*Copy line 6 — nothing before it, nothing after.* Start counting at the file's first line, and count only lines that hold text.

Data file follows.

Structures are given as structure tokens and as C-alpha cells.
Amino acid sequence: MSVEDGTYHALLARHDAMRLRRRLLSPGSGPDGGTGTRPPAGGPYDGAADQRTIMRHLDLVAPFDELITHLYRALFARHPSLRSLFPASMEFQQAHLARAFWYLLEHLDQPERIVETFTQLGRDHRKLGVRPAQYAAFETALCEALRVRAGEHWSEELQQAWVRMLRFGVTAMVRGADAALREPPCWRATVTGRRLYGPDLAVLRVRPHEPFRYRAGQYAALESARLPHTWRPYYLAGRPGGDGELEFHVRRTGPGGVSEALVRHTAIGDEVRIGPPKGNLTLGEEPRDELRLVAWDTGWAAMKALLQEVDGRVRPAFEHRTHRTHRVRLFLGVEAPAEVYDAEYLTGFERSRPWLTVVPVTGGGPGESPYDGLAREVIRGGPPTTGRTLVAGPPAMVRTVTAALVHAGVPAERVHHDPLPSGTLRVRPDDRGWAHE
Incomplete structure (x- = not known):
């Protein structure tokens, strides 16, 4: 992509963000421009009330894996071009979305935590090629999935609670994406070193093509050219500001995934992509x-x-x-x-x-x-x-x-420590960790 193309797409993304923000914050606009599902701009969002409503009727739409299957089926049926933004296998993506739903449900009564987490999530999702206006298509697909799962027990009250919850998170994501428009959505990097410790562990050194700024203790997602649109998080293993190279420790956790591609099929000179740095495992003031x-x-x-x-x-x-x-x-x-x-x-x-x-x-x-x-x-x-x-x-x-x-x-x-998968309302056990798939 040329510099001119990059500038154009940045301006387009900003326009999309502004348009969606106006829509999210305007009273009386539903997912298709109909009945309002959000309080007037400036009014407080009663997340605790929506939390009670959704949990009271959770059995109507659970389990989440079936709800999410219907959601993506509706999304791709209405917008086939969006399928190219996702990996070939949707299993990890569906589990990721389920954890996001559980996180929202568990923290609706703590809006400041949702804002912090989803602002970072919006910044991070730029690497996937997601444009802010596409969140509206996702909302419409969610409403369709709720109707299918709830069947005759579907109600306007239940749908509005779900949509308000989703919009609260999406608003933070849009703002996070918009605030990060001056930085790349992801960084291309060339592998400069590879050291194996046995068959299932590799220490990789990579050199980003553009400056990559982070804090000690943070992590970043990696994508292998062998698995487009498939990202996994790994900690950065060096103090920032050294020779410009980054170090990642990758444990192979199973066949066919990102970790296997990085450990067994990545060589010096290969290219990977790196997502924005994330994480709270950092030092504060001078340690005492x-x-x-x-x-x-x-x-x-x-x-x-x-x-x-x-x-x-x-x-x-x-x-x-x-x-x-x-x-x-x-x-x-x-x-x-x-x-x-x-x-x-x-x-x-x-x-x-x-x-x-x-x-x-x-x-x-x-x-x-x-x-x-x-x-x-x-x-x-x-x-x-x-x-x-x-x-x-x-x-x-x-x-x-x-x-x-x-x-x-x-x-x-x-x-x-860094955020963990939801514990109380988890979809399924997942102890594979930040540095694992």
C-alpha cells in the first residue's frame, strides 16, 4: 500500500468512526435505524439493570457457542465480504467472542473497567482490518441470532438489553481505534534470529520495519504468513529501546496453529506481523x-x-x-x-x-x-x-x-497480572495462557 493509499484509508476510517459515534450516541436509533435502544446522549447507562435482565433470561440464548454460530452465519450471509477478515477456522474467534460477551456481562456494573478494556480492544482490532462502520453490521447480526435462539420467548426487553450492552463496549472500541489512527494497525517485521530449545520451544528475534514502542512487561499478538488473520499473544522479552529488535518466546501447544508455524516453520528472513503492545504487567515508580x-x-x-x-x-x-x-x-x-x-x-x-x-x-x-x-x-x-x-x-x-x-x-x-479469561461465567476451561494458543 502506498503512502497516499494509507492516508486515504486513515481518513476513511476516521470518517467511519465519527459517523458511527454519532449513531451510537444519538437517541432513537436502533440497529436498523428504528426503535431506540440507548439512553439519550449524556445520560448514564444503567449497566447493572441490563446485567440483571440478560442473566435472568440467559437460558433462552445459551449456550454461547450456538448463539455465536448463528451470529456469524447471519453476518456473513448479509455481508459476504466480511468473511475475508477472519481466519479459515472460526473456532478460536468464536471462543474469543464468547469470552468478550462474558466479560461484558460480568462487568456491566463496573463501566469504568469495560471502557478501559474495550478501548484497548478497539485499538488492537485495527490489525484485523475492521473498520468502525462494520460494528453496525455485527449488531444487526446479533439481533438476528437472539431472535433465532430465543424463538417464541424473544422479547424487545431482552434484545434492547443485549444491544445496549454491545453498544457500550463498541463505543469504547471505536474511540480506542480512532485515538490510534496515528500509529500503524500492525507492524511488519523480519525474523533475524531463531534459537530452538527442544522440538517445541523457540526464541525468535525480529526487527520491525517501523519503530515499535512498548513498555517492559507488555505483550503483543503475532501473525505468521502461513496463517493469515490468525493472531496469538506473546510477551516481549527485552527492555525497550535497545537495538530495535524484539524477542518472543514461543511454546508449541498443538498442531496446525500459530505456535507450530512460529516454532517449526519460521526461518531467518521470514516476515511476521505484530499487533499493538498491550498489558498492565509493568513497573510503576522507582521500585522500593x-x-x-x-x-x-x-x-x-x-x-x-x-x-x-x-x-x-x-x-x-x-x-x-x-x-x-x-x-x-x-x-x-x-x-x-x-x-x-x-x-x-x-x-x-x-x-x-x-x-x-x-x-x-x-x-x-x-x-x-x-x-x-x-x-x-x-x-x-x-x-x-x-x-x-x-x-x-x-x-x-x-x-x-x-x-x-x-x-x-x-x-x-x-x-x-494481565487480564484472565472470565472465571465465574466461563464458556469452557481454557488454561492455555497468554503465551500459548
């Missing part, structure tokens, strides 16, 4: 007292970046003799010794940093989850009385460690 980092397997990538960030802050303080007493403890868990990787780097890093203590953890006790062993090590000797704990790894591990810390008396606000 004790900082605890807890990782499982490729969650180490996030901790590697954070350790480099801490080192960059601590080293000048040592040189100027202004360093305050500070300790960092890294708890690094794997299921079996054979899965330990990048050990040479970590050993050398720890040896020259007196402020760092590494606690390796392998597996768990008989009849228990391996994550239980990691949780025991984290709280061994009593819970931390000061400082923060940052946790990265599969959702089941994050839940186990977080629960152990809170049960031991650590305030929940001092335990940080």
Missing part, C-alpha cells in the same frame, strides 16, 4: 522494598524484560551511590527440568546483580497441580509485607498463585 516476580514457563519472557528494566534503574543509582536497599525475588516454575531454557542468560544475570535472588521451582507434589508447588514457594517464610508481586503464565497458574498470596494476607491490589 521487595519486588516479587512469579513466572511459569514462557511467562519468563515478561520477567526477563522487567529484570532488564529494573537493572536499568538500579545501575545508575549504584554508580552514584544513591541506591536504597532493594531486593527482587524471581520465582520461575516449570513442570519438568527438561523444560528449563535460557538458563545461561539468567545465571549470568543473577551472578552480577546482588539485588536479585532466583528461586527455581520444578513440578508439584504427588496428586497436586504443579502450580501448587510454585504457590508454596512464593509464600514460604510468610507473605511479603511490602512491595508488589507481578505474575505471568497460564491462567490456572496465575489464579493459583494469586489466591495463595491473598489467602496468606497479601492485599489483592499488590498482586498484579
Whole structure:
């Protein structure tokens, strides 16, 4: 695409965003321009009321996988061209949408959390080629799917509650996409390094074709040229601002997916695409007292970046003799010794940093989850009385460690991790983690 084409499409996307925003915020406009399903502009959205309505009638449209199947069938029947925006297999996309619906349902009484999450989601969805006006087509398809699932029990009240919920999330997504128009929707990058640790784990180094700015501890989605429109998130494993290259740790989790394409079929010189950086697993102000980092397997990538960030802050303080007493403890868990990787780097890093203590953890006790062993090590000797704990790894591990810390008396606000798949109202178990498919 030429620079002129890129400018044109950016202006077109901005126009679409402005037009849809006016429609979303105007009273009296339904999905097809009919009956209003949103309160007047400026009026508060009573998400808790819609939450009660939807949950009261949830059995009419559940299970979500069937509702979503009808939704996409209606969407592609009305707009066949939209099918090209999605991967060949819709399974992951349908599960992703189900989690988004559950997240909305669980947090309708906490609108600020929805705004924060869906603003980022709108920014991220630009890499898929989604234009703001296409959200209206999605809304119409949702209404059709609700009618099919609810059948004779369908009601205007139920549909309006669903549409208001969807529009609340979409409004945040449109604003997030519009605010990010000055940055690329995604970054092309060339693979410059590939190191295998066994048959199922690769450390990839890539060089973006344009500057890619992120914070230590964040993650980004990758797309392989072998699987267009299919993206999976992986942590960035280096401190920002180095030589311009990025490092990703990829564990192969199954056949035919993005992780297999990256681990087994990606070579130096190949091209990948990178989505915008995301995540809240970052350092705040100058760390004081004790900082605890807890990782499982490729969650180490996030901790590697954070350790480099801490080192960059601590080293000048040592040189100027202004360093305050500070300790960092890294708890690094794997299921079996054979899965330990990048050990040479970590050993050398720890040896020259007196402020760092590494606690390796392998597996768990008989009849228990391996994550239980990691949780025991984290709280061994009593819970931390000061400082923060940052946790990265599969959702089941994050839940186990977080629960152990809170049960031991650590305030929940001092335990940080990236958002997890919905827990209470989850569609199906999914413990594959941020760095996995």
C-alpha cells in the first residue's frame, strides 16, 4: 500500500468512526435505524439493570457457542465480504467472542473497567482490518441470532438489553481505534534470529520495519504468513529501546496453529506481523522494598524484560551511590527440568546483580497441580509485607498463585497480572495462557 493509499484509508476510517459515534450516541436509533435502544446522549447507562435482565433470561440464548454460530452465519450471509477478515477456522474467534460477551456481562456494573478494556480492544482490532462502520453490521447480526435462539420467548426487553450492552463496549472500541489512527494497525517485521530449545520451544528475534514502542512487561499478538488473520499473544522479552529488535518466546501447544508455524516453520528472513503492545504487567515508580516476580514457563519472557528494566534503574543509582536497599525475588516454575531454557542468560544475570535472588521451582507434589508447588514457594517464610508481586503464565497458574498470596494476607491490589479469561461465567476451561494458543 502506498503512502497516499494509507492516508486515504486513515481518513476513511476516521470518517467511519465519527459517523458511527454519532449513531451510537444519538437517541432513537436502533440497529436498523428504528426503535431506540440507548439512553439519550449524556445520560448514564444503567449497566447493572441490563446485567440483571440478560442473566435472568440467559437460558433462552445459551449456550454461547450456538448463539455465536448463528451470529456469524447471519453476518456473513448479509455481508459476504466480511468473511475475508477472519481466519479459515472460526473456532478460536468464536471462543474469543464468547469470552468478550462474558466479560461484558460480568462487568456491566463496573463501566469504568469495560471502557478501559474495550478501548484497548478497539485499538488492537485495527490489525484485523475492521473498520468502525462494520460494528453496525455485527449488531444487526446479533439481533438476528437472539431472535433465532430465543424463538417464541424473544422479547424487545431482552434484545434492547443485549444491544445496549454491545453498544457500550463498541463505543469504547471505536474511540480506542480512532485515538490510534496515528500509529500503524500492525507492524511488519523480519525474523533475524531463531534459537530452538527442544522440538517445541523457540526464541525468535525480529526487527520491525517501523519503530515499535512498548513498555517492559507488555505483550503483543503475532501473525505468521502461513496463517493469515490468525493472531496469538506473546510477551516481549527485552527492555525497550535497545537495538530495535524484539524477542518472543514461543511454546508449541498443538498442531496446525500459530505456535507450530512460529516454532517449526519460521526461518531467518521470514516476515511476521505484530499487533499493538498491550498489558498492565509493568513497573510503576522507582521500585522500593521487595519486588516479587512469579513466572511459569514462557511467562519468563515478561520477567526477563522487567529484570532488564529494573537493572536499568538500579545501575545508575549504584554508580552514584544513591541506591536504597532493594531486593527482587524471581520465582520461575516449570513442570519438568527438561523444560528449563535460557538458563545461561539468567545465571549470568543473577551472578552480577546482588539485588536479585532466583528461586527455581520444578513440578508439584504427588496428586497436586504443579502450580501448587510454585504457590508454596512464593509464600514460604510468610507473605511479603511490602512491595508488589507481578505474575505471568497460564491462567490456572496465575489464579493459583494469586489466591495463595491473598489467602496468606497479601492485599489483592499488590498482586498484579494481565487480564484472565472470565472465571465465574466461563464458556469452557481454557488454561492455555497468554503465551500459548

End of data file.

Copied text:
């Missing part, structure tokens, strides 16, 4: 007292970046003799010794940093989850009385460690 980092397997990538960030802050303080007493403890868990990787780097890093203590953890006790062993090590000797704990790894591990810390008396606000 004790900082605890807890990782499982490729969650180490996030901790590697954070350790480099801490080192960059601590080293000048040592040189100027202004360093305050500070300790960092890294708890690094794997299921079996054979899965330990990048050990040479970590050993050398720890040896020259007196402020760092590494606690390796392998597996768990008989009849228990391996994550239980990691949780025991984290709280061994009593819970931390000061400082923060940052946790990265599969959702089941994050839940186990977080629960152990809170049960031991650590305030929940001092335990940080």